In my continuing series of challenges with backup with the General Data Protection Regulation (GDPR), I thought I’d look at snapshots, and the unique problem they present. They may be even more problematic than traditional backups.
Note: This article is one in a series about GDPR. Here’s a list of articles so far:
- Worried about GDPR?
- What is personal data?
- Some hope about GDPR & backups
- Keeping a copy of deleted data
- More thoughts on GDPR
In these previous posts I have defined what the GDPR is and how it applies to your company. I’ve also discussed whether or not backups are included when someone asks to be “forgotten” via a “right to be forgotten” request in the GDPR. As I discussed here, here, and here, I do not believe that companies are going to be able to delete such data from their backup systems, nor do I think that the GDPR is going to require them to do it. (But we just don’t know for sure until the ICO clarifies their position.)
The idea is two-fold. The first part is the backups aren’t being used to support any current decisions, nor are they accessible via standard IT systems and queries. The second part is that it’s simply not possible today to delete data from a backup like that.
But what about snapshots?
Someone asked about this on twitter. Snapshots are visible to regular IT systems and could be used to support current decisions. For example, NetApp snapshots appear under the ~snapshot subdirectory of the volume they are protecting. They may not be in the normal path of things, but a user could easily search and access them. It’s kind of the point of how snapshots work.
But guess what? Snapshots are read-only by design. You don’t want people to be able to delete data from your snapshots if you’re using them for backup. But since they’re accessible via a standard IT process, are they now considered primary data?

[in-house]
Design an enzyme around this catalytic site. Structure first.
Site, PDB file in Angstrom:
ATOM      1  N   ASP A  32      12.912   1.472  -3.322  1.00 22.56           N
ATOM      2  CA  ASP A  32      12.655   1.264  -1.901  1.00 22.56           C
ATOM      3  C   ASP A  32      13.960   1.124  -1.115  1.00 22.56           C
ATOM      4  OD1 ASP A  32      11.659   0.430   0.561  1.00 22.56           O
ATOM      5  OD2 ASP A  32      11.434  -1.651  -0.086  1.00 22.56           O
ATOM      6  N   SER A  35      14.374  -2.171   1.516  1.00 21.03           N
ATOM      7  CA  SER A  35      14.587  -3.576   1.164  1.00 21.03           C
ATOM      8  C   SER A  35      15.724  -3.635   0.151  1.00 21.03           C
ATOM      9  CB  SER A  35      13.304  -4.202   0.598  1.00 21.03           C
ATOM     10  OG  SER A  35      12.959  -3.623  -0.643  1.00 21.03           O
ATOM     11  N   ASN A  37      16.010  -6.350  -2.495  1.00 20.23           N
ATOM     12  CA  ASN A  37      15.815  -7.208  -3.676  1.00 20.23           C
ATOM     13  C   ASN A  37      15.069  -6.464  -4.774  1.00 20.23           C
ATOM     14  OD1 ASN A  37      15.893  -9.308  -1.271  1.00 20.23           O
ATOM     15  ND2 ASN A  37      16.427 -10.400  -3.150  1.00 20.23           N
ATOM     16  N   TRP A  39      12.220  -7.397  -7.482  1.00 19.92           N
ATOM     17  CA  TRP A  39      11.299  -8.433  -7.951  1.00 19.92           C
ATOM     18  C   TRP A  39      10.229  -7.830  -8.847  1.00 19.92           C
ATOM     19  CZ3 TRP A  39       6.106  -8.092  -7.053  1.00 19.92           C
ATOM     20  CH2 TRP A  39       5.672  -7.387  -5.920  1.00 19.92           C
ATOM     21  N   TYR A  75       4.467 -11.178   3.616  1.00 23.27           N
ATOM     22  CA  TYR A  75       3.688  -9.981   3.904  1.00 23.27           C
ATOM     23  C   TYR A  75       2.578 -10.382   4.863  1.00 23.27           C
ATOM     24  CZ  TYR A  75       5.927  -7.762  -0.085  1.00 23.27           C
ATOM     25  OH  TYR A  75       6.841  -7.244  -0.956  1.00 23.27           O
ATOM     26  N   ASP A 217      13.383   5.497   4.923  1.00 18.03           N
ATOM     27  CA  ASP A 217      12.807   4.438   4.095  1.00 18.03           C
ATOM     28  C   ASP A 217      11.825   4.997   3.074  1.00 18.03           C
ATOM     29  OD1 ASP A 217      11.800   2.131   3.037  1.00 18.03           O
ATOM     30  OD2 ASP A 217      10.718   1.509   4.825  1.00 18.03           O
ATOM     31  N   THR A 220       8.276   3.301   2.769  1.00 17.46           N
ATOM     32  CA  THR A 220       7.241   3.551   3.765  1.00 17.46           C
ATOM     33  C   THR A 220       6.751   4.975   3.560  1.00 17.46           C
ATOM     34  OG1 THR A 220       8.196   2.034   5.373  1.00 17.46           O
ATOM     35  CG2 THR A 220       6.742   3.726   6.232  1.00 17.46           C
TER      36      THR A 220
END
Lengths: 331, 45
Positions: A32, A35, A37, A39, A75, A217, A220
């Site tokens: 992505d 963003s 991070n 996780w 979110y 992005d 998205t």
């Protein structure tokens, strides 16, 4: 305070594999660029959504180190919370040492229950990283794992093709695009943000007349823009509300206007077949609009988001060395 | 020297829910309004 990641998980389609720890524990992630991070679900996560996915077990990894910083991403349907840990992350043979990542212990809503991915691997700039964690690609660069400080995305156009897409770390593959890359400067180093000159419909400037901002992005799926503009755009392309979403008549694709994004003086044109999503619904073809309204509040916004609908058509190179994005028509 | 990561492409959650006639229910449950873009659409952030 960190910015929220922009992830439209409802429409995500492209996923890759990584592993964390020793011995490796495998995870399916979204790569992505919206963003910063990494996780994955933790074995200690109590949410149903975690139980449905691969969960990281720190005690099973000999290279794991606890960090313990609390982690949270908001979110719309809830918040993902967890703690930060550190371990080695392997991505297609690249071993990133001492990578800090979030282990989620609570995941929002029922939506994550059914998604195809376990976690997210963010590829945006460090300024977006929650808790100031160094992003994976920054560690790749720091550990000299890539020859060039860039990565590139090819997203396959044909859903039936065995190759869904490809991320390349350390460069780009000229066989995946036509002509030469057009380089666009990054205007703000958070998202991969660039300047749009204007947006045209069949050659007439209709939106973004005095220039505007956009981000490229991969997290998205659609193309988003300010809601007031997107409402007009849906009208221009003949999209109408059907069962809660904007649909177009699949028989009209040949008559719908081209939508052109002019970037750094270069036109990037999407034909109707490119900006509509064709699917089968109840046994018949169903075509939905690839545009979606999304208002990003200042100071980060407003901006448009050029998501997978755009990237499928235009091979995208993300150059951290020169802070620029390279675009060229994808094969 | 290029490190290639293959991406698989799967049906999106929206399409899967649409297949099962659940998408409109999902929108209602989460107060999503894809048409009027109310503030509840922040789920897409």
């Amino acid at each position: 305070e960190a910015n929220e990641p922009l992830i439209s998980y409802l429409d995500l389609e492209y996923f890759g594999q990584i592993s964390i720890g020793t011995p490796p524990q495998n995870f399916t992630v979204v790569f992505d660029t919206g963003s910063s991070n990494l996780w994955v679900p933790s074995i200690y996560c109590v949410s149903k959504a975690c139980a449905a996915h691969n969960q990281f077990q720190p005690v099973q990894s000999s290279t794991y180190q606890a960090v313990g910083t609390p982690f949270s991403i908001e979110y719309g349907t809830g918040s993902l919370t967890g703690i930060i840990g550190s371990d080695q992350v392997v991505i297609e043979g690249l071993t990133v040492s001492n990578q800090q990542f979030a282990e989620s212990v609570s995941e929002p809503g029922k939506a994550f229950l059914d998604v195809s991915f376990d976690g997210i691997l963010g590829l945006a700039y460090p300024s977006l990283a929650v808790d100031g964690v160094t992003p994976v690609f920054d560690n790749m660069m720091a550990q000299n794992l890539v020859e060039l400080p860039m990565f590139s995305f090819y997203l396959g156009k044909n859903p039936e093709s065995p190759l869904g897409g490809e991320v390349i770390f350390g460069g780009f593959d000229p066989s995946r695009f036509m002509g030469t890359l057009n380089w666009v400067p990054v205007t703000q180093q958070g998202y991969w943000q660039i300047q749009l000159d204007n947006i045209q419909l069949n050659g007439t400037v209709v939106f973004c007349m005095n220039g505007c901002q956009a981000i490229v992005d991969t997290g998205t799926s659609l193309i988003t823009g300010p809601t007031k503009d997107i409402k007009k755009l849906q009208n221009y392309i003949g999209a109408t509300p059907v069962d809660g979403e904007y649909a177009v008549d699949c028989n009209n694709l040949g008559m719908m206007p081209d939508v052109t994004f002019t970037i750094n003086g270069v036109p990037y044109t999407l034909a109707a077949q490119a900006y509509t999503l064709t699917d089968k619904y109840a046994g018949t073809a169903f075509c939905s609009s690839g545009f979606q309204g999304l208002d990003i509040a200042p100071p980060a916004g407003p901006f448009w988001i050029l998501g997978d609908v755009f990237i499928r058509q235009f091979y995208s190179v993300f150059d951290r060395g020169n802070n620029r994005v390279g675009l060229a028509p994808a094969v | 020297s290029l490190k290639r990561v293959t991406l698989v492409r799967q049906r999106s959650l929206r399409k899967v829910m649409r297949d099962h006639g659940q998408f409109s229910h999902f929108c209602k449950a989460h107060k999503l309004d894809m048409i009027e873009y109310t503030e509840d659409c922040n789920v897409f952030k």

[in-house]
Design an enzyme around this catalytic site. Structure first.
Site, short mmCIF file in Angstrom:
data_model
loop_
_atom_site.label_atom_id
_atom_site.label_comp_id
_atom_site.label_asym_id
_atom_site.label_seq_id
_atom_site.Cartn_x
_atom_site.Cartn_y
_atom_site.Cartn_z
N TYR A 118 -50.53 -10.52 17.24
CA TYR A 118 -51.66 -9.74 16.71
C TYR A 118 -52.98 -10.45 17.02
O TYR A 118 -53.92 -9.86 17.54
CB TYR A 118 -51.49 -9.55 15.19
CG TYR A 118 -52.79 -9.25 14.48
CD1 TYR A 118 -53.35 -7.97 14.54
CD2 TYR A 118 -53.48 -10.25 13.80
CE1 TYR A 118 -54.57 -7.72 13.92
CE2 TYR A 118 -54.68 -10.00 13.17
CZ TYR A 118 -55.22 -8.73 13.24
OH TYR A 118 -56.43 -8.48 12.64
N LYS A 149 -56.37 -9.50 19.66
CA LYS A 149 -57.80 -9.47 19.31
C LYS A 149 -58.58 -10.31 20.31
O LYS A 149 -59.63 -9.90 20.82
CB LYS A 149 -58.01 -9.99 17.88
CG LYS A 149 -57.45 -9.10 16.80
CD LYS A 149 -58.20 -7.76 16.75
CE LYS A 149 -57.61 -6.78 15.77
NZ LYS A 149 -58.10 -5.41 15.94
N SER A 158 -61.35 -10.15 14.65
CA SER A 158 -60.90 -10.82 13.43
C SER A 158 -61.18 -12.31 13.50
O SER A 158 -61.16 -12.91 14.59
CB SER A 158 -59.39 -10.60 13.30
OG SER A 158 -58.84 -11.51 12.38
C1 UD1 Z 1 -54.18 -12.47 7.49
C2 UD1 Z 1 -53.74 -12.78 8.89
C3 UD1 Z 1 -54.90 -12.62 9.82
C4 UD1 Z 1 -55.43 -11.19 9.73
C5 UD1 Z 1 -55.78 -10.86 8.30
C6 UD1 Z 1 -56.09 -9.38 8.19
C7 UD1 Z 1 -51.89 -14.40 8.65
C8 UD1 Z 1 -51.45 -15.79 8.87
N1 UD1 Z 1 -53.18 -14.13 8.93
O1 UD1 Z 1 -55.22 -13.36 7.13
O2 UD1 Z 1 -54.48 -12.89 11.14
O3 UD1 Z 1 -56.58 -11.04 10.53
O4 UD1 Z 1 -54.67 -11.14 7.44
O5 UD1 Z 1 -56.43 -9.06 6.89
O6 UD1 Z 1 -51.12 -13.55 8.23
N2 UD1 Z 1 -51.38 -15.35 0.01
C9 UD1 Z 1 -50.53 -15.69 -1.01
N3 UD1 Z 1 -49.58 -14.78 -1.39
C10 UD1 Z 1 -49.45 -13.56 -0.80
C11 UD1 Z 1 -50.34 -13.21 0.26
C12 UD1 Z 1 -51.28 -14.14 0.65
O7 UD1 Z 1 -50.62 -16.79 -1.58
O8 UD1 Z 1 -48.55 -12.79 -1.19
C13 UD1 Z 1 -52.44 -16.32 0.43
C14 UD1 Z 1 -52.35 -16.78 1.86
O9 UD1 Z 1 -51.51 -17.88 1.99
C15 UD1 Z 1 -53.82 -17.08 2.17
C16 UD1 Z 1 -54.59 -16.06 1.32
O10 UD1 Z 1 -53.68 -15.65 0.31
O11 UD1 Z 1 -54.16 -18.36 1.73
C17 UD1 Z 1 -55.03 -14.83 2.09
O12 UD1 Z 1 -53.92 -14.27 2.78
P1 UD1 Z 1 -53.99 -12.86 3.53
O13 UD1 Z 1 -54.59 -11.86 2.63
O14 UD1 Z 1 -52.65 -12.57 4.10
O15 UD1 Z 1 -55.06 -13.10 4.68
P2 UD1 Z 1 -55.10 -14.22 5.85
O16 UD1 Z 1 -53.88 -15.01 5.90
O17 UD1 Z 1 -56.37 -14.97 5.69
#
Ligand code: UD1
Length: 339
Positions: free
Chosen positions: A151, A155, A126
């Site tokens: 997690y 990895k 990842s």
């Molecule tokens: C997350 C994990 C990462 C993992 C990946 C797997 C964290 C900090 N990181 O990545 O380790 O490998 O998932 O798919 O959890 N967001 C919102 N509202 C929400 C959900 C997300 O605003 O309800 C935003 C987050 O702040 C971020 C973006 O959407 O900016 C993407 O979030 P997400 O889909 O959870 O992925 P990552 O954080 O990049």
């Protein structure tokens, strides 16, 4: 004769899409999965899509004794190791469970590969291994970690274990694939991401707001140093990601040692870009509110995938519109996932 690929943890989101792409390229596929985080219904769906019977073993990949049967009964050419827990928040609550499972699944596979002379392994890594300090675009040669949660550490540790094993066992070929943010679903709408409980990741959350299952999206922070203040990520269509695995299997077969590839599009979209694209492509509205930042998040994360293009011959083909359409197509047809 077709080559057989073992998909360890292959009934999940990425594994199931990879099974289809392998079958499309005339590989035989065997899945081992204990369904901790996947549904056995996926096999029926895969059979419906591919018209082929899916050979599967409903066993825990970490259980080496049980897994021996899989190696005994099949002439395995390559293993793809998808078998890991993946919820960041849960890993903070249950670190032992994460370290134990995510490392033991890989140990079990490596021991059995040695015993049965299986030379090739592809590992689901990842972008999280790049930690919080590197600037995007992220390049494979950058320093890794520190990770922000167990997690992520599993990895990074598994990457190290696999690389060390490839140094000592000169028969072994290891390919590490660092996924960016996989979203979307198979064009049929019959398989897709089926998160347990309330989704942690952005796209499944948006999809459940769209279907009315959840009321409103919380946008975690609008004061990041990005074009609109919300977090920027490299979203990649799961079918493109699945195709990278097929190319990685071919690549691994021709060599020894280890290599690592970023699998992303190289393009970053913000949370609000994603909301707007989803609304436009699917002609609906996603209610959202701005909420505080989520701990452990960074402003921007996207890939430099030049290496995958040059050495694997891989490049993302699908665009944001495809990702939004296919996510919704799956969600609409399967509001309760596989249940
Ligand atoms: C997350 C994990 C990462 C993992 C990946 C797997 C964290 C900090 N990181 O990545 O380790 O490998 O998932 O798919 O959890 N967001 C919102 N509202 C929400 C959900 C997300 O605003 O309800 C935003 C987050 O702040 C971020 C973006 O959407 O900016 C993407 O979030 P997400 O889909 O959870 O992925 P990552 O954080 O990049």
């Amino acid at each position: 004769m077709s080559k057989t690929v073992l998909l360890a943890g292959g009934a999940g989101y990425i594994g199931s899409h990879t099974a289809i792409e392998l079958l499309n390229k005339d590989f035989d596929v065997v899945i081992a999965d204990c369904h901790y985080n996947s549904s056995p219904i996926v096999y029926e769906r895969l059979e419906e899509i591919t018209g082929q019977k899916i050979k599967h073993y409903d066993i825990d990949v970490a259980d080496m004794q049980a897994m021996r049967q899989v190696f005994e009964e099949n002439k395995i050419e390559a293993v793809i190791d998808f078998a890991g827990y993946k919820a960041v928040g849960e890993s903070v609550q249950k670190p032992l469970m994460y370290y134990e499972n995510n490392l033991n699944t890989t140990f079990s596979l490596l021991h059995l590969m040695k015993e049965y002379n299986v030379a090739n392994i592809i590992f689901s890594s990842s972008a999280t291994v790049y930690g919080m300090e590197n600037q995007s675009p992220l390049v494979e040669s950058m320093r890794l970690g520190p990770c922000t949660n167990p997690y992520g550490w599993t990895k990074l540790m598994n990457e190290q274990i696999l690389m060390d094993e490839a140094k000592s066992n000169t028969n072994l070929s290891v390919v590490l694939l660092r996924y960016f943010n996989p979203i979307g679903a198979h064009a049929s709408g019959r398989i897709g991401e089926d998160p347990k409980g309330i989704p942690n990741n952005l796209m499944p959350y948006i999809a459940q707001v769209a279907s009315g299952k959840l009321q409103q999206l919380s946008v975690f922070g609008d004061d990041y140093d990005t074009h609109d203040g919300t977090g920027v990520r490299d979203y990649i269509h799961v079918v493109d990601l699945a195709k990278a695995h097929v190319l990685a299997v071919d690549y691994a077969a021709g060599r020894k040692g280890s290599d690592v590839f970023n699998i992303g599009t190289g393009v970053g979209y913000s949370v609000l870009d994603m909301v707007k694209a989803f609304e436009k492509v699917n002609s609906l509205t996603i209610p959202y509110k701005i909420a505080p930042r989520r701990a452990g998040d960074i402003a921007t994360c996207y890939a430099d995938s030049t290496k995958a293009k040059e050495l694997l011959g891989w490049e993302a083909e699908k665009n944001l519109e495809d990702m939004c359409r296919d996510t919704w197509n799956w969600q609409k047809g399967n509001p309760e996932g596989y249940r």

Out of curiosity, I reviewed the NetApp whitepaper on how they handle this issue, and it was unclear when it got to the part of actually forgetting the data. It mentioned that you couldn’t delete something if you didn’t know where it was, but it didn’t really go into how you would selectively delete something from a snapshot once you found it.
I’m not picking on NetApp here. I’ve always been a fan. I’m simply saying that – like backups – selectively deleting data from snapshots goes against their nature. And I’m pointing out that because they are accessible as regular IT data, they might not get the pass that I believe backups will get.
What is your plan for snapshots?
Have you discovered GDPR RTBF and how it relates to snapshots at your company? Has your storage vendor given you any guidance as to how to solve this problem? Is there a GDPR “back door” that you can selectively use to delete data from a snapshot? Do you want to use it, considering you could corrupt the thing you are using for backup?
I’d really love to hear from you on this.
----- Signature and Disclaimer -----
Written by W. Curtis Preston (@wcpreston). For those of you unfamiliar with my work, I've specialized in backup & recovery since 1993. I've written the O'Reilly books on backup and have worked with a number of native and commercial tools. I am now Chief Technical Architect at Druva, the leading provider of cloud-based data protection and data management tools for endpoints, infrastructure, and cloud applications. These posts reflect my own opinion and are not necessarily the opinion of my employer.